This is the last in my three-part series on François Payard’s “Payard Cookies.”
A feature of the book that I haven’t mentioned before is the sections that provide unique ways of filling and flavoring the cookies. There are sections on different types of pastes, fruit and dry ganaches, and candied fruit peels, all of which you can make yourself and use in the recipes for financiers, macarons, Calissons d’Aix, and gommés, among others.
The last section on cookies in the book is called Calendar of Cookies. Here you will find gluten-free, gingerbread, and sugar cookies, as well as decorating ideas for the holidays throughout the year.
The almond balls were a big hit—so many textures and flavors. Along with the mini-chocolate chips, there’s almond flour, candied orange, and grapefruit peel. The flavors subtly drift across your palate in a show that delights the taste buds. The cookie balls get rolled in sliced almonds just before you pop them in the oven, adding a note of sophistication.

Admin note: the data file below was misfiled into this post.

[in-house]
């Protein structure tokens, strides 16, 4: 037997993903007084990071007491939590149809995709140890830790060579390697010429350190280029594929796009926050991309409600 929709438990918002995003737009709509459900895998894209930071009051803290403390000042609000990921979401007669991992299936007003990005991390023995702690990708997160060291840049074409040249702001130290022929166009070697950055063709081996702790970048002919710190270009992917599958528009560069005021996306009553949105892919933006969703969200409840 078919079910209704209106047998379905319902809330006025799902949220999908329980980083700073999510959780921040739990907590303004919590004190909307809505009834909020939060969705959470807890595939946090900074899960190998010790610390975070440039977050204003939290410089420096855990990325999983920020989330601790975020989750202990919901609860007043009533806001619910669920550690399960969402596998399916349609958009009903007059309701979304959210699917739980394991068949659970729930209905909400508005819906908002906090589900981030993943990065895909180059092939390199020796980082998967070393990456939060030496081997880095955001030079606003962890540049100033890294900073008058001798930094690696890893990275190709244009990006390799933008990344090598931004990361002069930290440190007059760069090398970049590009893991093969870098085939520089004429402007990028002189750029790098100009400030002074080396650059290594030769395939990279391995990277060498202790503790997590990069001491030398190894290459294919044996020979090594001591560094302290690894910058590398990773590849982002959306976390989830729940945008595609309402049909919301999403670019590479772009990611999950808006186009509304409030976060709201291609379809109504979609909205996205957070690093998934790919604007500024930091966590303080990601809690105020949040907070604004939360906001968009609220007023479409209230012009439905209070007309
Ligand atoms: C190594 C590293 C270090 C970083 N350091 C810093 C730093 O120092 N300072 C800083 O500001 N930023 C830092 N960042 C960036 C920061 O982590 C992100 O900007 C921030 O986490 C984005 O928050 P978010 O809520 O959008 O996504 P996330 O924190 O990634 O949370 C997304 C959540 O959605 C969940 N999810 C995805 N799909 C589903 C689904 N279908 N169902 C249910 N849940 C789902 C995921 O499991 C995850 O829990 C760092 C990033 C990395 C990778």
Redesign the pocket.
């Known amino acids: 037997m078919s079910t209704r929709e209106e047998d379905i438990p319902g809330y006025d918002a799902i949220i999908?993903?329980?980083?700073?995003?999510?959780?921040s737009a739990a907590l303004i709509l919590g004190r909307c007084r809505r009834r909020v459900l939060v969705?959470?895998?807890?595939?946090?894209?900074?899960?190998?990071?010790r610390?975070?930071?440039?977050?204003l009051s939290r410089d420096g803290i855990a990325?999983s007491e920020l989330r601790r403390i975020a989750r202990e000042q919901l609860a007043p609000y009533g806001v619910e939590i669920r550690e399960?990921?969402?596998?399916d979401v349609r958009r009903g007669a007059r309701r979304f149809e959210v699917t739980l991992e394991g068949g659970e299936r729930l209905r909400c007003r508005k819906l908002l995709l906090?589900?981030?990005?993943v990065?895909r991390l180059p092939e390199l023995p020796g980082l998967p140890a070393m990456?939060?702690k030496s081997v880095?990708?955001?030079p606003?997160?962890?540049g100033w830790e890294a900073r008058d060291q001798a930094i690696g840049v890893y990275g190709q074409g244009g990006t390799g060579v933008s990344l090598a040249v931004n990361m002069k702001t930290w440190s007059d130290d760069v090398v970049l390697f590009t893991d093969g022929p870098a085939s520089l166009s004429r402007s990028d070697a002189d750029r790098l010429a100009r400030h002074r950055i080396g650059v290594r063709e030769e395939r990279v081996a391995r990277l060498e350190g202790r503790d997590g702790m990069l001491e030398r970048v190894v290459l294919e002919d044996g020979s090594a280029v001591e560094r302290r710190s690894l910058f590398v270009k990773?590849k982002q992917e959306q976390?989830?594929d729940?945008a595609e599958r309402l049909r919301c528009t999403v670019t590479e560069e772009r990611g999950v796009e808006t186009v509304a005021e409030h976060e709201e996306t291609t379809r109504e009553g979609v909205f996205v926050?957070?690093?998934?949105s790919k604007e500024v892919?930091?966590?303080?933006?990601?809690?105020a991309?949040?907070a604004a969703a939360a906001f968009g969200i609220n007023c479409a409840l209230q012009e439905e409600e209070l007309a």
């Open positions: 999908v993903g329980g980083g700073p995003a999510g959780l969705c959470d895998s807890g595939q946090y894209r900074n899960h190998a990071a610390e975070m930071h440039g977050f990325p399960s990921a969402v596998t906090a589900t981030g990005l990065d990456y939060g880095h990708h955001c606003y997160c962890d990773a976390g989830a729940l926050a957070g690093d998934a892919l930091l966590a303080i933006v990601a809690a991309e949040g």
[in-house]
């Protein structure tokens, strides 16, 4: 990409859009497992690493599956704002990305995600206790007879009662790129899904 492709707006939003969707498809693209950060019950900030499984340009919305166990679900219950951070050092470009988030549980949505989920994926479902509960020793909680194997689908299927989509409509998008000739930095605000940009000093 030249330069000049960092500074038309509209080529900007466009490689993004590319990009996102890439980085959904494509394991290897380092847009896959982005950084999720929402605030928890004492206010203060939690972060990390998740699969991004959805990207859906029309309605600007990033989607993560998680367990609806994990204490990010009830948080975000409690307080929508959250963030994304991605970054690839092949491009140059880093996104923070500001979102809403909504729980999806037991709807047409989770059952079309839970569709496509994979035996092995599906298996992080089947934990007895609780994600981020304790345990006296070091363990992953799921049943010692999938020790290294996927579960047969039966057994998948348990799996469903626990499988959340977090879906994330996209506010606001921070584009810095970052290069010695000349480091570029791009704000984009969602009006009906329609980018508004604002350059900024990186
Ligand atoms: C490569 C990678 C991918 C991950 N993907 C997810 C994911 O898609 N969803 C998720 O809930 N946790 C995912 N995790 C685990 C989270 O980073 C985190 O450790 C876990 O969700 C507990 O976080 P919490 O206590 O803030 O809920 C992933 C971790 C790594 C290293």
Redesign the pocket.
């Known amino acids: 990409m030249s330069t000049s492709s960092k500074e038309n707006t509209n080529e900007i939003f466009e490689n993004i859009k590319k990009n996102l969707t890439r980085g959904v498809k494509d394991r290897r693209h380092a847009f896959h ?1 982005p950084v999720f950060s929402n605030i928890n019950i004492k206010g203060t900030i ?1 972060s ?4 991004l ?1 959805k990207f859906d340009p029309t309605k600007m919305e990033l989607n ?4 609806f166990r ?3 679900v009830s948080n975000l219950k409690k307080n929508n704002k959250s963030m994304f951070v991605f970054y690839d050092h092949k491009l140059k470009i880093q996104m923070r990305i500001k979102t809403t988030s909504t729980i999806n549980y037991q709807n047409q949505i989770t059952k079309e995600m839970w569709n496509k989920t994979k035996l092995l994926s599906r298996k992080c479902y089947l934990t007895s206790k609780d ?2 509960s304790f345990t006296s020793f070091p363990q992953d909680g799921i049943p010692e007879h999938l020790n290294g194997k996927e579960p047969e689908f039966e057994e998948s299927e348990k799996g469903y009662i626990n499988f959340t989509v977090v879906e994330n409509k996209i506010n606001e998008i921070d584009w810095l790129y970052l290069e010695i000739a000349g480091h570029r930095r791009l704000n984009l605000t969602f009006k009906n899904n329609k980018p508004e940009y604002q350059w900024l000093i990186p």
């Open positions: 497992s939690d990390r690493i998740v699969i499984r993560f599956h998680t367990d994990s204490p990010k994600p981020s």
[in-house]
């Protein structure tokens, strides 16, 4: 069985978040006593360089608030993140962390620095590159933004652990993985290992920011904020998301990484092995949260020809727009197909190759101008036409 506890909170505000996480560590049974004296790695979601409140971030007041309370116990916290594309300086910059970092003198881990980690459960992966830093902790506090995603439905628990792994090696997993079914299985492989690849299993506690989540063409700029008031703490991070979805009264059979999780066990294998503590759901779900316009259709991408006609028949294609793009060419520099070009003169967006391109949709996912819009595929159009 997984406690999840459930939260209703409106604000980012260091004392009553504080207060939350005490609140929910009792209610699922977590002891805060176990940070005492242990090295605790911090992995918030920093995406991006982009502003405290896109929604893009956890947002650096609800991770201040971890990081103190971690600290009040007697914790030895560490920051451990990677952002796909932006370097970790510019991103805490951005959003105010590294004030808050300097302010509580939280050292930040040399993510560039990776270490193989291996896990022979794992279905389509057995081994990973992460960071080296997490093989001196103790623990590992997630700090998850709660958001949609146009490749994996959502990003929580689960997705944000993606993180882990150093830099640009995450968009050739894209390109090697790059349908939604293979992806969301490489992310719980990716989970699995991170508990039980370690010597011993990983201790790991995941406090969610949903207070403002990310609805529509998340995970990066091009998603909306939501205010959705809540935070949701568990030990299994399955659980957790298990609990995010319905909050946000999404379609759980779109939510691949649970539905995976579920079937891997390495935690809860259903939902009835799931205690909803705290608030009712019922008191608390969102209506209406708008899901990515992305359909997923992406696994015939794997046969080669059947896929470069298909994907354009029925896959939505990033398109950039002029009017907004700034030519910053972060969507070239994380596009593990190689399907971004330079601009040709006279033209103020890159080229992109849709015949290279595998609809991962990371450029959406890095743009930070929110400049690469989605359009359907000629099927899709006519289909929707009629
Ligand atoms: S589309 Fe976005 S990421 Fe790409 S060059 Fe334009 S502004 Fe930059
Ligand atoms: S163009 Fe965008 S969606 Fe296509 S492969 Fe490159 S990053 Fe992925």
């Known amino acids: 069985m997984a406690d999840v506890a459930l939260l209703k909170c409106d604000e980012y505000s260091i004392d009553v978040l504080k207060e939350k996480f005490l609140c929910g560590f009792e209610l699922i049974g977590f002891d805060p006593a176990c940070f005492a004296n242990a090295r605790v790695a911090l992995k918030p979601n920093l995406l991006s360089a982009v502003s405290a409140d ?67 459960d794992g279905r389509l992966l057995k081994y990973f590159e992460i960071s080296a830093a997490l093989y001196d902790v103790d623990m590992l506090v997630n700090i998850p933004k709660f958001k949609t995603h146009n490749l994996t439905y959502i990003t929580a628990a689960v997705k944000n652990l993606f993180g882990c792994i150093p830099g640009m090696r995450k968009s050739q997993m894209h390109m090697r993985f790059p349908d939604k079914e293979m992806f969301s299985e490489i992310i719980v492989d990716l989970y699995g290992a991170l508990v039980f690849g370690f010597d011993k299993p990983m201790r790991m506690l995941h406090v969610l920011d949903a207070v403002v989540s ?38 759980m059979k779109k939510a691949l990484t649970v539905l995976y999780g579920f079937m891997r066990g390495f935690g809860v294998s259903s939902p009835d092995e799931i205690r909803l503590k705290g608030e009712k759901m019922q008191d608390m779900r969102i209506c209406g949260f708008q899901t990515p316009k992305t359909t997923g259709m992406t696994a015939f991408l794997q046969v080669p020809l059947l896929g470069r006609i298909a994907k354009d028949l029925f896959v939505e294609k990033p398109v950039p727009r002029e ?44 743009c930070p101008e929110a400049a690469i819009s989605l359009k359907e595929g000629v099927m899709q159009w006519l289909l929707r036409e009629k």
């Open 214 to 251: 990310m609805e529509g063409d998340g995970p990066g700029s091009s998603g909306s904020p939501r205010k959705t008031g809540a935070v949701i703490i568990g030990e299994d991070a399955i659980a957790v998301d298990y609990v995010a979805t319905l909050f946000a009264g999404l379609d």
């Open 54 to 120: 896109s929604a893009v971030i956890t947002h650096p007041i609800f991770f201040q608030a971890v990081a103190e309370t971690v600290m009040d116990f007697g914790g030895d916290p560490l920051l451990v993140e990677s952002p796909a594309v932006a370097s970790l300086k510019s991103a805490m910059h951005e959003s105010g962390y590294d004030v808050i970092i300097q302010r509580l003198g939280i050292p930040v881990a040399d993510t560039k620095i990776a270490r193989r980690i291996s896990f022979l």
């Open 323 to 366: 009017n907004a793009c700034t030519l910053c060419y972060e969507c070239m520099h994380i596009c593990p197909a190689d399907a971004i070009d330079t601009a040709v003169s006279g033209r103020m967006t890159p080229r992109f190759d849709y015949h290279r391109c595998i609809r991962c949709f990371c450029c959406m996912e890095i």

A friend stopped by shortly after the cookies came out of the oven and joined me in a tasting over a cup of tea. She thought they were rich yet light in texture, with clean and deliciously citrusy notes. And of course the chocolate was a bonus. “What an all-encompassing treat!” she said.
“Kipfers,” or croissants in German, are traditional cookies. These little morsels are simple and contain only six ingredients. Almond flour and vanilla extract give them a delicate flavor. The dusting of confectioner’s sugar after they are baked adds a richness that’s fitting for the holiday season.
In conclusion I would say that I have thoroughly enjoyed my adventure learning and baking from “Payard Cookies.” The book makes a great gift. The recipes are traditional ones that remind of the phrase, “Everything that’s old is new again.” So go traditional and create some new family memories for the holiday season—or any time you want a treat.